Generally, there are three types of chloride ions in the sea sand concrete: free chloride ions, physically bound and chemically bound chloride ions. Only the first type is responsible for the corrosion of rebars. Even though the pH of concrete is more than 12, the free chloride ions accumulated on the surface ofrebars can cause or aggravate the corrosion [8-9].

The history of using sea sand in China is very short, so the durability of the sea sand concrete need to be tested by many projects in the future. The chloride ions in sea sand is the one of main reasons which cause the concrete reinforcement corrosion. So in order to get a fine durability concrete, this paper clarified the actionmechanism of chlorine ions in sea sand concrete, as well as the effects of internal microstructure of concrete and material compositions.

2. Experimental Procedure

2.1. Materials and Mix Proportions

Figure 1. Chloride ion contents in sea sand (W%).

Grade 42.5 ordinary Portland cement produced by Ningboshunjiang Cement Plant was used in this study; River sand (RS) was used as fine aggregate, and its fineness modulus is 2.27. Regular sea sand (SS) and desalted sea sand (DSS) came from five plants and its chloride ion contents are shown in Figure 1.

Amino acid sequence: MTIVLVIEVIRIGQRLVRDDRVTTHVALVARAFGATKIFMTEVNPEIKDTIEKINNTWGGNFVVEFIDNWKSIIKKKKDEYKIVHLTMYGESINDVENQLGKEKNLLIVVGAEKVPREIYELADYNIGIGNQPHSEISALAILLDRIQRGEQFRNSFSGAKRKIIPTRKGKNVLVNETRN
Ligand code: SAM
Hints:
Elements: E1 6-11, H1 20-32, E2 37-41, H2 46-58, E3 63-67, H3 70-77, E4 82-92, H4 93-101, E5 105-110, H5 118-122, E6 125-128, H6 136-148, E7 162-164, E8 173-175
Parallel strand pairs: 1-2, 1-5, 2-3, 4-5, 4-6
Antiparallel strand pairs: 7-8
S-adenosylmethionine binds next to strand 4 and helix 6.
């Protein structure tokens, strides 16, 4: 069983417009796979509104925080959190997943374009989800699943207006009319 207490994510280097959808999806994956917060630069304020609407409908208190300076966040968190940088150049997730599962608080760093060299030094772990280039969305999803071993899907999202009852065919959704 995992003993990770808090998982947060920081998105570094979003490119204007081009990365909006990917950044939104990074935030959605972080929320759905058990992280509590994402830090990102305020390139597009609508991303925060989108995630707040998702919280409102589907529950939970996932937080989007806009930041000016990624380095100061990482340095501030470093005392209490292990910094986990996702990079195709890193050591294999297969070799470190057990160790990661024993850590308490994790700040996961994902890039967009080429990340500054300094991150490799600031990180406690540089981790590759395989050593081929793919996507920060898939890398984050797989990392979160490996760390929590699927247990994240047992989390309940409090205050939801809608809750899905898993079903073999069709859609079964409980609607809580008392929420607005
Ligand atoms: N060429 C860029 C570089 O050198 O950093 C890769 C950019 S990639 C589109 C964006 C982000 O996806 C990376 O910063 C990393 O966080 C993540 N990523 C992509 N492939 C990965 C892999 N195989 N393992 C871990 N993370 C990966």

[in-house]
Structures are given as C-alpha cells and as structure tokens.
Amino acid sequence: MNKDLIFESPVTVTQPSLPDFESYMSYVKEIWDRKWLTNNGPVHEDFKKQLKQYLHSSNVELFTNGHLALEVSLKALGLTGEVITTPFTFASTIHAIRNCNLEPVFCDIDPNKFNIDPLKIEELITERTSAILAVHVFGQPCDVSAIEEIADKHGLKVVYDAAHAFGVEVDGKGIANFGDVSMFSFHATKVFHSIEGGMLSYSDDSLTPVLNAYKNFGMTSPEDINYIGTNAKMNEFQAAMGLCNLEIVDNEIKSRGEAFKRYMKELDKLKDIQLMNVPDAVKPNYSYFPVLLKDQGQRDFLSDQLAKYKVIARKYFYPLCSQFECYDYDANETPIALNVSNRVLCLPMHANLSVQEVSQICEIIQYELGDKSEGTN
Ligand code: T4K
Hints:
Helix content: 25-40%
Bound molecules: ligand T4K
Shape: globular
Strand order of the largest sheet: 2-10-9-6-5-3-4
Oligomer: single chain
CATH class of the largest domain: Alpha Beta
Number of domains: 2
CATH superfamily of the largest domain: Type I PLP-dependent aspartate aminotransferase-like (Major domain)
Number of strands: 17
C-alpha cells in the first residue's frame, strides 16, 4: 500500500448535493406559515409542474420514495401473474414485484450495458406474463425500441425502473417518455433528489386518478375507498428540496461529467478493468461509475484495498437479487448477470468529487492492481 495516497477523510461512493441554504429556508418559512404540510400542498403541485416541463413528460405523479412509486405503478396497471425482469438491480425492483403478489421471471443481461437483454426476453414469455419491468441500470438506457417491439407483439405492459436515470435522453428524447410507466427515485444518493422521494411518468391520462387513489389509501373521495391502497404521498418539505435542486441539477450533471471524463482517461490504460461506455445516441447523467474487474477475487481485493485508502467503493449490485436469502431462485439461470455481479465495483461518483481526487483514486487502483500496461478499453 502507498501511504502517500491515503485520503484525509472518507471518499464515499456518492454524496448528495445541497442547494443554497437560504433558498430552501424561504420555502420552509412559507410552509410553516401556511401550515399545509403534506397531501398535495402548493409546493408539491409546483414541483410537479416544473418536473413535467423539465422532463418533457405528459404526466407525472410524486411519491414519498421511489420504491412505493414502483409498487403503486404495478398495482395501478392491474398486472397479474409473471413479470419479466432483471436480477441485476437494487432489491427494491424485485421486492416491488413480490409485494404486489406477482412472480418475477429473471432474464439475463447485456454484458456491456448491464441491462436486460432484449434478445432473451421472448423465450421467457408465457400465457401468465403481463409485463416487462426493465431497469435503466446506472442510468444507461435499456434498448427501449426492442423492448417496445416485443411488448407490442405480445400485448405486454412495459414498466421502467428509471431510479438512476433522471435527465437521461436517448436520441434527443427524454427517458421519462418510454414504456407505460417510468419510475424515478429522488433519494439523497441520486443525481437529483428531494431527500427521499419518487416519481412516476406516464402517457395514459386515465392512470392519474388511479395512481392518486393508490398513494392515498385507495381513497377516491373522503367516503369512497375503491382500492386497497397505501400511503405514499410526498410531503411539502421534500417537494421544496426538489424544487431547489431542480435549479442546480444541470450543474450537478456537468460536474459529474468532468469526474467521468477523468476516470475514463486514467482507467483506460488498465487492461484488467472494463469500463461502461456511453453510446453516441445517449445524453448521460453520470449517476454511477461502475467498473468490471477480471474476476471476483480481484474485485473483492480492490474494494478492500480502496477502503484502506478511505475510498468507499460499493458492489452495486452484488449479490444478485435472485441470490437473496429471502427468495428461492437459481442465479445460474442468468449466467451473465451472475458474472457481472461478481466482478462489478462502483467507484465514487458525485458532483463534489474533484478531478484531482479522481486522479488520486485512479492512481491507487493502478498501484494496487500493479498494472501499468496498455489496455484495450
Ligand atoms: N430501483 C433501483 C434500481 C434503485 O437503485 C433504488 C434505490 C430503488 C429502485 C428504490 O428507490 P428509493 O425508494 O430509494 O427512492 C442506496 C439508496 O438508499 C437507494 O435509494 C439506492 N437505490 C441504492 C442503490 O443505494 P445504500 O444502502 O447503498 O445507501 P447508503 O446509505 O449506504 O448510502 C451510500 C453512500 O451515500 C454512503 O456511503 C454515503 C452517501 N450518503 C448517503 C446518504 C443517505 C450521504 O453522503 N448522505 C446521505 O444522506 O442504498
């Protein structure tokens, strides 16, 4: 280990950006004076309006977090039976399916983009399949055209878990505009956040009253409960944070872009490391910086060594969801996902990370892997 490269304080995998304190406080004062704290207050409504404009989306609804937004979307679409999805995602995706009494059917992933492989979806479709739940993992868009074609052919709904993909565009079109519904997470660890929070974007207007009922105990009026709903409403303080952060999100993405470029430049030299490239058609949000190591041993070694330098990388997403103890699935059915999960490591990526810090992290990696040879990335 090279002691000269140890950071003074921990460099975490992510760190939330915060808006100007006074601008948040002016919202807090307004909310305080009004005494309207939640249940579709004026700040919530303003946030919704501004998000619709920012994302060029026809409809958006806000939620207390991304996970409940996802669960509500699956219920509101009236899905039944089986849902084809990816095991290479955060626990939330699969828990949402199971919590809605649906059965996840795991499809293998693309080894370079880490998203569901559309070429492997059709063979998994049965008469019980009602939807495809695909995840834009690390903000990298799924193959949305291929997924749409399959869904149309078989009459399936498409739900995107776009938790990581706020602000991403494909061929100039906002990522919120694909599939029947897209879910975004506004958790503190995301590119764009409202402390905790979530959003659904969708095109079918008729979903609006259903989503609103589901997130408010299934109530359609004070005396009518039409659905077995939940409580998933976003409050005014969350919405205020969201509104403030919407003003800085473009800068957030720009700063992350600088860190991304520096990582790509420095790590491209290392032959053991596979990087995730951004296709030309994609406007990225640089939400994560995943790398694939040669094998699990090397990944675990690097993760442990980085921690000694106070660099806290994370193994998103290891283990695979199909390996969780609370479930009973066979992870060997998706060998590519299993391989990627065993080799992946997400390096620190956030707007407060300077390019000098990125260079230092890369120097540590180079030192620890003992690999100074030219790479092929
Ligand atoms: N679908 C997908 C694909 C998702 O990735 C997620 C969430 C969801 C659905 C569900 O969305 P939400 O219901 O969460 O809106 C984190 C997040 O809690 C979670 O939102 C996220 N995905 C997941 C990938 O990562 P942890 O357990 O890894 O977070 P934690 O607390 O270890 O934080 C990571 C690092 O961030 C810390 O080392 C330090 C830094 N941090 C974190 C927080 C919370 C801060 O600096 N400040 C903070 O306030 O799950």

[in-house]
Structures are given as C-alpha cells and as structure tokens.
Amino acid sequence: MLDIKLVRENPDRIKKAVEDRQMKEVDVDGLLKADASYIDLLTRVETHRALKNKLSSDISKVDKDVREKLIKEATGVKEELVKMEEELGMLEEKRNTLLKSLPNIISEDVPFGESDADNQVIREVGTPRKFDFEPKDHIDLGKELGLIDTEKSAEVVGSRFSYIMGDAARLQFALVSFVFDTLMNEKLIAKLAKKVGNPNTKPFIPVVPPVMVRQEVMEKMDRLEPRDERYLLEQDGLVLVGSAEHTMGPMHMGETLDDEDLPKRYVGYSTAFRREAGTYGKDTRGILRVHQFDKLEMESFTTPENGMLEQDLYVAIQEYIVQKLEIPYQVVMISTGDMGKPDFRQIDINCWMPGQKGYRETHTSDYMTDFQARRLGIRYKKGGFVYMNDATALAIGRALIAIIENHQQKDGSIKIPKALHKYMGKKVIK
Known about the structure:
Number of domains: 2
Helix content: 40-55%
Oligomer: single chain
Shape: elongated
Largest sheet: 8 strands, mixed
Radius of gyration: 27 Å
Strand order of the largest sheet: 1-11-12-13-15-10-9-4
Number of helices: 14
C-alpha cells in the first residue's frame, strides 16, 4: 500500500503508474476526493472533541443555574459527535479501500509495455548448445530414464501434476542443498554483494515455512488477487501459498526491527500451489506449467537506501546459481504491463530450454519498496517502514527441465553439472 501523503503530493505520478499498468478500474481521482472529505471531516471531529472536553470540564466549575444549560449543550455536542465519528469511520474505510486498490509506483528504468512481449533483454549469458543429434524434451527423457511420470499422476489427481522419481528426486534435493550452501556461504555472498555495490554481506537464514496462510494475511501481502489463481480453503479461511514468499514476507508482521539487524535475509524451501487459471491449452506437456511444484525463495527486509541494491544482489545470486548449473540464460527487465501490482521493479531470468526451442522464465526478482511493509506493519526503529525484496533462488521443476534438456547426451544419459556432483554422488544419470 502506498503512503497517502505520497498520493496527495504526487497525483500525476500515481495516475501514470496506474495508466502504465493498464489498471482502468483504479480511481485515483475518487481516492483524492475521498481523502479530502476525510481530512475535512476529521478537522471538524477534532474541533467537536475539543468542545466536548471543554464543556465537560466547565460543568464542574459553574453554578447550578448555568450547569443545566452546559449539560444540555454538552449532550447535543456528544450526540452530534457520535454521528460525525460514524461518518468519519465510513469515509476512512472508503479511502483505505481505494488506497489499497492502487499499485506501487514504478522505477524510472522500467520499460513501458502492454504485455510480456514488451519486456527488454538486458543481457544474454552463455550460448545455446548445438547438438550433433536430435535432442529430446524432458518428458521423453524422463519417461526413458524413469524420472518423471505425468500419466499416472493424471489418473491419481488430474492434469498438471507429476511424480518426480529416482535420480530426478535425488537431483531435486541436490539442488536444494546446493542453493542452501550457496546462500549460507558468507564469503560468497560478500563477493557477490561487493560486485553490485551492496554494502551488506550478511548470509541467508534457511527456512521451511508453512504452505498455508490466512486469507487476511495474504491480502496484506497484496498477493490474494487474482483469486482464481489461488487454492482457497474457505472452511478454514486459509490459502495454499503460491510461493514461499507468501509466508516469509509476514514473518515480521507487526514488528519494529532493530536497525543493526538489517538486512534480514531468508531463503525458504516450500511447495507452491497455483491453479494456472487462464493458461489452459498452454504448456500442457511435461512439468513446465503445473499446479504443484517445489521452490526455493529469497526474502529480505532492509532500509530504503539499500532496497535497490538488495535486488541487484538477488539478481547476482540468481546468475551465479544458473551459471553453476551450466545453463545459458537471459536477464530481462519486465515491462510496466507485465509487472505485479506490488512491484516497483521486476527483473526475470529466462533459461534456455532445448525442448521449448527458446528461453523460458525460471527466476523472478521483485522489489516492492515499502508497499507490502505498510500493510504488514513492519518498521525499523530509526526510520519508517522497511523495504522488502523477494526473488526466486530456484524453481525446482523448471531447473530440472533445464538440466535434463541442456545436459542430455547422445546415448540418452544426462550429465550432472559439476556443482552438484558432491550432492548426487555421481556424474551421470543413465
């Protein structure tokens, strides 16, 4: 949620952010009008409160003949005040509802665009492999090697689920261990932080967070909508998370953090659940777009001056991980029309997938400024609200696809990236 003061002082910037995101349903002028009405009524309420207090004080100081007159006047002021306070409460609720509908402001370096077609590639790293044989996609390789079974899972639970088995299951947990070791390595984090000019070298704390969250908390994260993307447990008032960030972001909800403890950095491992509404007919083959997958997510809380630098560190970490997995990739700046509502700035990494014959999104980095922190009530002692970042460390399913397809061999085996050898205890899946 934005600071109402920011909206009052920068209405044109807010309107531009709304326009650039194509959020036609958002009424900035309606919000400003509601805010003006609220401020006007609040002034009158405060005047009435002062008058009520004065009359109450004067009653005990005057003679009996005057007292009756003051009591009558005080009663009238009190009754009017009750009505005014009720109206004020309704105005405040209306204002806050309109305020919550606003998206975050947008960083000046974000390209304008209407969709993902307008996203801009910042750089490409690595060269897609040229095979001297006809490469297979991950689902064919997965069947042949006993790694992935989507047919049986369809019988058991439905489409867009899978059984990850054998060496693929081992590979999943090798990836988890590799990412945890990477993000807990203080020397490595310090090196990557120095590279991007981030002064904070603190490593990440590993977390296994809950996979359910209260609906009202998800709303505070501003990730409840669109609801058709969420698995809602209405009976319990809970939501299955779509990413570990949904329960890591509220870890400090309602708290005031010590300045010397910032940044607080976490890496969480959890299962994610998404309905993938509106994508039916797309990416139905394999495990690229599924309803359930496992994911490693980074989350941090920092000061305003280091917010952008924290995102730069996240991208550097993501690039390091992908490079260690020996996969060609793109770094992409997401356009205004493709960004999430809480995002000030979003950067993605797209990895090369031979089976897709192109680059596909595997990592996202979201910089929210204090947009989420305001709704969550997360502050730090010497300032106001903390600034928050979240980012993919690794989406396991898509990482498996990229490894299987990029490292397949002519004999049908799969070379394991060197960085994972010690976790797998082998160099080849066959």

Mixture proportions are shown in table 1. The mortar cube specimens of 70.7mm×70.7mm×70.7mm were prepared and tested after being cured in standard curing room for 28 days.

Table 1. Mix proportions of the mortar.

Sample Sand type Cl- contents in sand (%) Mix proportion (C:S:W)
HCA RS 0.01 1:2.5:0.45
HCB RS 0.06 1:2.5:0.45
D DSS 0.01 1:2.5:0.45
W SS 0.054 1:2.5:0.45

RS—River sand

2.2. Test Method

2.2.1.Test of Sea Sand Mortar Strength

Different types of sea sand mortar were prepared according to JTJ 270-1998 testing code of concrete for port and waterwog engineering.

2.2.2. Test of Product Analysis and Microstructure of Mortar

The proportions of three samples HCA, HCB, W, Dfor TG/DTA and XRD tests were shown in Table 1. The mortar used for the SEM test was mixed with regular sea sand. The scanning electron microscope was produced by Japan Hitachi Company. The polycrystalline X-ray diffraction and TG/DTA thermal analyzer were produced by German Brueck and America Perkin Amelmer Company. The inner products, microstructure and its content in mortars can be determined by use of these analyzers.